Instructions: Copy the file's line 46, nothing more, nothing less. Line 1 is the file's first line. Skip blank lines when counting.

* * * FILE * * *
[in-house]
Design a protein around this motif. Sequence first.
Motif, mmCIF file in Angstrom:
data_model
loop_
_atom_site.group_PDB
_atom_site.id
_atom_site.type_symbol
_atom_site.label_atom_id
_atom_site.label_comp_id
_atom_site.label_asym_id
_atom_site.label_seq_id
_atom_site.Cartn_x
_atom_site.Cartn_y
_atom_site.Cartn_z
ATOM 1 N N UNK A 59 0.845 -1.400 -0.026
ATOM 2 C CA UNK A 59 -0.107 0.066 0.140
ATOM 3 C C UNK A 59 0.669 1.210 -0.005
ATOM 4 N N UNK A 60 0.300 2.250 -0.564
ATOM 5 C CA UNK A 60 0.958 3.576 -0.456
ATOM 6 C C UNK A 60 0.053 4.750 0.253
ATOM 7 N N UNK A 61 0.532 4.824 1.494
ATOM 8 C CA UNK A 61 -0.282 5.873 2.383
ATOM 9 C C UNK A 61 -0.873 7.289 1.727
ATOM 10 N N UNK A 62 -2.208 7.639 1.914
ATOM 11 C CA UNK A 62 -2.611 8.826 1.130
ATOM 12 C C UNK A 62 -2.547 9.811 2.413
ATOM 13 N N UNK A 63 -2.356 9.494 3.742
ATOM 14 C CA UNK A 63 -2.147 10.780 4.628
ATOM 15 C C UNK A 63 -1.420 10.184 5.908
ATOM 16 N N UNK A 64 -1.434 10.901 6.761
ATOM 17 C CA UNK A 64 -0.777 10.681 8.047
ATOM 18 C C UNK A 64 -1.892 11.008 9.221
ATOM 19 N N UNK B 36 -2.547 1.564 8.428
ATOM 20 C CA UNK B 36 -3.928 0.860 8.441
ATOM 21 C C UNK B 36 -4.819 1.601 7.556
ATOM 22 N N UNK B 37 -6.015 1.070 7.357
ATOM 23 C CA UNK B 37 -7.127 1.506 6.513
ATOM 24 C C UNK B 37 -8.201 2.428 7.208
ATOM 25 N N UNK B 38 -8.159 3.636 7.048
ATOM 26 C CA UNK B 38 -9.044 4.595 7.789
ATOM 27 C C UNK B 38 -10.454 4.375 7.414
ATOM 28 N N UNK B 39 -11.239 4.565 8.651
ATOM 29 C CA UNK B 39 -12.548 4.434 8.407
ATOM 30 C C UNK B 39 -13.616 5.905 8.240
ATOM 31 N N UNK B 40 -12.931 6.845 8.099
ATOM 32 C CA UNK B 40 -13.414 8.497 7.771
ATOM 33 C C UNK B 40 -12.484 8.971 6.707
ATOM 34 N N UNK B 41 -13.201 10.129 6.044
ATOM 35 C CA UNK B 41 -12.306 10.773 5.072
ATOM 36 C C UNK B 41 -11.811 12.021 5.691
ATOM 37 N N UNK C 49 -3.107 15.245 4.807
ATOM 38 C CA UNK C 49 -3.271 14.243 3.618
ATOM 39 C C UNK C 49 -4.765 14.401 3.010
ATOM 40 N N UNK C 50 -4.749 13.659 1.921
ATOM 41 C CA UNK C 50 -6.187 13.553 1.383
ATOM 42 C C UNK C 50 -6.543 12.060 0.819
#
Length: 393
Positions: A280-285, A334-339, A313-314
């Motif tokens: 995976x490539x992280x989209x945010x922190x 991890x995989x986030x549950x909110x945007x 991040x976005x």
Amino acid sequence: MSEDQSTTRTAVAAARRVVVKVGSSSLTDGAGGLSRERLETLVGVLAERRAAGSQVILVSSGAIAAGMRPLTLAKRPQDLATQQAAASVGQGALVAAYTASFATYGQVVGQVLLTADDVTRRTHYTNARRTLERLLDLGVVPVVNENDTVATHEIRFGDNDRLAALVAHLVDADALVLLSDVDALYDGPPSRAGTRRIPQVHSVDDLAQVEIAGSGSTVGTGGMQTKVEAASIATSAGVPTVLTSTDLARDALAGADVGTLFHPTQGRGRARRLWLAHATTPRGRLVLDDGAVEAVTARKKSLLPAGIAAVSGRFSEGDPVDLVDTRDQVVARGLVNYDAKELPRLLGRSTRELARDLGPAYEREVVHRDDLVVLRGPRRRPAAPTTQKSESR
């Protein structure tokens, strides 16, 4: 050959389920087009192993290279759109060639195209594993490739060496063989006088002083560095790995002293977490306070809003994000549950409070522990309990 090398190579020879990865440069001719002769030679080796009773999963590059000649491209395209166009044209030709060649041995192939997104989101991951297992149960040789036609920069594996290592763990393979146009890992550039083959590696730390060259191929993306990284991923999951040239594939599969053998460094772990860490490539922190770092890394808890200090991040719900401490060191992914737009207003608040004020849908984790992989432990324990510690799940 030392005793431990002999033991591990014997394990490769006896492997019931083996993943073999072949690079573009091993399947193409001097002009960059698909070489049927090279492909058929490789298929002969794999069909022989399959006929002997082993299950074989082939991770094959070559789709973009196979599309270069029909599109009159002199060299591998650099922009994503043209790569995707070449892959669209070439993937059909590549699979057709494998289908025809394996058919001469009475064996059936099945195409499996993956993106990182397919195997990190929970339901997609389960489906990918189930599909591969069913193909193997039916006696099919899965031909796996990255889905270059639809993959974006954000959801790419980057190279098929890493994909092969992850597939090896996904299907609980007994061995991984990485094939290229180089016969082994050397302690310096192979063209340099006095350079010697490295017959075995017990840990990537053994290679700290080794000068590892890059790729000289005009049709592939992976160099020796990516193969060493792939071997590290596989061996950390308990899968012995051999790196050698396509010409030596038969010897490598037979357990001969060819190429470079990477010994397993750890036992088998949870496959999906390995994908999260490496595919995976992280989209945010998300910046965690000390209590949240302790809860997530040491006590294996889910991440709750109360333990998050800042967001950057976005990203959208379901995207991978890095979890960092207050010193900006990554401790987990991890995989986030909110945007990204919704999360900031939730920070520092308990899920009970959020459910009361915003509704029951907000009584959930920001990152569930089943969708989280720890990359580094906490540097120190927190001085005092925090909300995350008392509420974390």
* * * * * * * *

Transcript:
ATOM 31 N N UNK B 40 -12.931 6.845 8.099